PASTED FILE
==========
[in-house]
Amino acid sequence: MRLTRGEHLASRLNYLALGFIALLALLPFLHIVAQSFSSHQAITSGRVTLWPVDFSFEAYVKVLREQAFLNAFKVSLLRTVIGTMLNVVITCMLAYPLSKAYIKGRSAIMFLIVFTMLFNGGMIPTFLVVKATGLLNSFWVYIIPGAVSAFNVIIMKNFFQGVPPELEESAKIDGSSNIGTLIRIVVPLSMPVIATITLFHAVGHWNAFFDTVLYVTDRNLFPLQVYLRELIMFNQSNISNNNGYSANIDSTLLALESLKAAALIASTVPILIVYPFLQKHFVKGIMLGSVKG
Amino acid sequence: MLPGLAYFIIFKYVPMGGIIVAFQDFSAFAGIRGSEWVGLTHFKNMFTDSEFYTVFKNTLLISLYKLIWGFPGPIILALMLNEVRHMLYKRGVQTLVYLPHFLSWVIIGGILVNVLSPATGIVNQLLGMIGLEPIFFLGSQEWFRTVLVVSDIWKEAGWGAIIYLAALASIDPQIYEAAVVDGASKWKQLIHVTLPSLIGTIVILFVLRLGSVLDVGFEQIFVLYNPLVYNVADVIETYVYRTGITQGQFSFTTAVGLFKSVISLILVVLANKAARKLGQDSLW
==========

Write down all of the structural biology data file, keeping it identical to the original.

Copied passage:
[in-house]
Amino acid sequence: MRLTRGEHLASRLNYLALGFIALLALLPFLHIVAQSFSSHQAITSGRVTLWPVDFSFEAYVKVLREQAFLNAFKVSLLRTVIGTMLNVVITCMLAYPLSKAYIKGRSAIMFLIVFTMLFNGGMIPTFLVVKATGLLNSFWVYIIPGAVSAFNVIIMKNFFQGVPPELEESAKIDGSSNIGTLIRIVVPLSMPVIATITLFHAVGHWNAFFDTVLYVTDRNLFPLQVYLRELIMFNQSNISNNNGYSANIDSTLLALESLKAAALIASTVPILIVYPFLQKHFVKGIMLGSVKG
Amino acid sequence: MLPGLAYFIIFKYVPMGGIIVAFQDFSAFAGIRGSEWVGLTHFKNMFTDSEFYTVFKNTLLISLYKLIWGFPGPIILALMLNEVRHMLYKRGVQTLVYLPHFLSWVIIGGILVNVLSPATGIVNQLLGMIGLEPIFFLGSQEWFRTVLVVSDIWKEAGWGAIIYLAALASIDPQIYEAAVVDGASKWKQLIHVTLPSLIGTIVILFVLRLGSVLDVGFEQIFVLYNPLVYNVADVIETYVYRTGITQGQFSFTTAVGLFKSVISLILVVLANKAARKLGQDSLW